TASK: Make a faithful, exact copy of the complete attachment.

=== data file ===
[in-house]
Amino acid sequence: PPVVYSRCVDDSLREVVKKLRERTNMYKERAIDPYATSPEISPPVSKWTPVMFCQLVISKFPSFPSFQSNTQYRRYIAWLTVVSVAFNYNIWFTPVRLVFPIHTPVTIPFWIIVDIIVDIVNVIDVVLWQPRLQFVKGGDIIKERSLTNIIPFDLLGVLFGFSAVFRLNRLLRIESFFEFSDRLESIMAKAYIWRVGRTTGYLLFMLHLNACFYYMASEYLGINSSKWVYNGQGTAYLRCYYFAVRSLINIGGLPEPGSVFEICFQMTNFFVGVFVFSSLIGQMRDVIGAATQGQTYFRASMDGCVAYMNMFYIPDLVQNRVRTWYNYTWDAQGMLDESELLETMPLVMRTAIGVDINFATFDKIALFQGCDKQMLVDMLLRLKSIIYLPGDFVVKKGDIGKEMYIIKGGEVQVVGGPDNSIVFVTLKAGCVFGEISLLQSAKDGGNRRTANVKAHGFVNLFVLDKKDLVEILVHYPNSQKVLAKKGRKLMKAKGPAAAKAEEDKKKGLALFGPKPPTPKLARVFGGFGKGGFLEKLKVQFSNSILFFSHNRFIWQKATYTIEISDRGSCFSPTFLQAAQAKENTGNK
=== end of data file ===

[in-house]
Amino acid sequence: PPVVYSRCVDDSLREVVKKLRERTNMYKERAIDPYATSPEISPPVSKWTPVMFCQLVISKFPSFPSFQSNTQYRRYIAWLTVVSVAFNYNIWFTPVRLVFPIHTPVTIPFWIIVDIIVDIVNVIDVVLWQPRLQFVKGGDIIKERSLTNIIPFDLLGVLFGFSAVFRLNRLLRIESFFEFSDRLESIMAKAYIWRVGRTTGYLLFMLHLNACFYYMASEYLGINSSKWVYNGQGTAYLRCYYFAVRSLINIGGLPEPGSVFEICFQMTNFFVGVFVFSSLIGQMRDVIGAATQGQTYFRASMDGCVAYMNMFYIPDLVQNRVRTWYNYTWDAQGMLDESELLETMPLVMRTAIGVDINFATFDKIALFQGCDKQMLVDMLLRLKSIIYLPGDFVVKKGDIGKEMYIIKGGEVQVVGGPDNSIVFVTLKAGCVFGEISLLQSAKDGGNRRTANVKAHGFVNLFVLDKKDLVEILVHYPNSQKVLAKKGRKLMKAKGPAAAKAEEDKKKGLALFGPKPPTPKLARVFGGFGKGGFLEKLKVQFSNSILFFSHNRFIWQKATYTIEISDRGSCFSPTFLQAAQAKENTGNK